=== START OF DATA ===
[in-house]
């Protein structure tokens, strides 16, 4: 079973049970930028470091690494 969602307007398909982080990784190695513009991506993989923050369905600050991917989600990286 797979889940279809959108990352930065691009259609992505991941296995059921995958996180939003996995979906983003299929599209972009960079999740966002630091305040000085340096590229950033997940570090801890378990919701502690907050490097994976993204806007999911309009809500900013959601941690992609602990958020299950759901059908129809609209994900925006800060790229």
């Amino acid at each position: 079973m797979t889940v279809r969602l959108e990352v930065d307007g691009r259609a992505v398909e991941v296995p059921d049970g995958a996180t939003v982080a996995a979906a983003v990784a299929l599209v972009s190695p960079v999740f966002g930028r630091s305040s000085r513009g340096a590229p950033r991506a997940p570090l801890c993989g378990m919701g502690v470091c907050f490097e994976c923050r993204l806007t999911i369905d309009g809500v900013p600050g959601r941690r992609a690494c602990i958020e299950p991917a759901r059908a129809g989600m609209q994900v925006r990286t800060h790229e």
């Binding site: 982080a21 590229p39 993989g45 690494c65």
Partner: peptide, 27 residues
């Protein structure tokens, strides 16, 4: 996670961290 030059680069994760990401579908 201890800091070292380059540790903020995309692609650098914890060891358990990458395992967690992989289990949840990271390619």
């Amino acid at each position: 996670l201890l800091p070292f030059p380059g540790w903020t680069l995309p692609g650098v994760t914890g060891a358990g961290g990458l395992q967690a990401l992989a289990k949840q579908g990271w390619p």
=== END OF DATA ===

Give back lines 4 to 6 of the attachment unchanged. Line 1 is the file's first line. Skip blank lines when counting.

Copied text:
């Binding site: 982080a21 590229p39 993989g45 690494c65």
Partner: peptide, 27 residues
């Protein structure tokens, strides 16, 4: 996670961290 030059680069994760990401579908 201890800091070292380059540790903020995309692609650098914890060891358990990458395992967690992989289990949840990271390619």